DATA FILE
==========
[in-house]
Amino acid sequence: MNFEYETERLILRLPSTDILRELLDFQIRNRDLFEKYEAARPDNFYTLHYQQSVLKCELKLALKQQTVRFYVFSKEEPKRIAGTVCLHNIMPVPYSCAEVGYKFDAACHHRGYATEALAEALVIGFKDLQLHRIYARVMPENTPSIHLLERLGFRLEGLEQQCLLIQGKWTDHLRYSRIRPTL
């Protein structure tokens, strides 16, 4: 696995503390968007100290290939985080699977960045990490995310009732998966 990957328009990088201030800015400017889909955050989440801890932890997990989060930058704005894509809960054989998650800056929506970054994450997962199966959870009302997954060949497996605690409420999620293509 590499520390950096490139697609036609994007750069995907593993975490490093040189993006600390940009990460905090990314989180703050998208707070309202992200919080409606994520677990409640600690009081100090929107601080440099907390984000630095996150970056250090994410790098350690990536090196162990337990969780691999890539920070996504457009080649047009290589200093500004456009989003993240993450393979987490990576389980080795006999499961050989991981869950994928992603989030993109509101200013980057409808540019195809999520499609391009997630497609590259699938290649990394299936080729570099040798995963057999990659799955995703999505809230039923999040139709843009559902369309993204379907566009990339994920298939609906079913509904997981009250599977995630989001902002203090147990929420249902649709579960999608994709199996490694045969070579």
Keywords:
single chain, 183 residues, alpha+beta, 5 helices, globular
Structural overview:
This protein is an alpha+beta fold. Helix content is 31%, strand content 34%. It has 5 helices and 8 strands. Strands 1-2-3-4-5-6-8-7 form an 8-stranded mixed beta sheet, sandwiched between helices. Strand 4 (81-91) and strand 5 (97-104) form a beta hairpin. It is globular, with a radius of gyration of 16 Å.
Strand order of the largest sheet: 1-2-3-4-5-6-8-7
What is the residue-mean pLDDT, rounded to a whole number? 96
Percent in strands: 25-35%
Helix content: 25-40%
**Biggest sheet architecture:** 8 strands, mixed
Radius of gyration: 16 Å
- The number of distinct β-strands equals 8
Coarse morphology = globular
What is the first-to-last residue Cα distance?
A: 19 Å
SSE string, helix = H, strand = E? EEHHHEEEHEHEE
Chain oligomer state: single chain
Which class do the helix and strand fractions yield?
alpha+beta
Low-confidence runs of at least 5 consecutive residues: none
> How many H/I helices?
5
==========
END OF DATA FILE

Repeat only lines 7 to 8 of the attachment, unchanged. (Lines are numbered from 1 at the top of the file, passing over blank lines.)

This protein is an alpha+beta fold. Helix content is 31%, strand content 34%. It has 5 helices and 8 strands. Strands 1-2-3-4-5-6-8-7 form an 8-stranded mixed beta sheet, sandwiched between helices. Strand 4 (81-91) and strand 5 (97-104) form a beta hairpin. It is globular, with a radius of gyration of 16 Å.
Strand order of the largest sheet: 1-2-3-4-5-6-8-7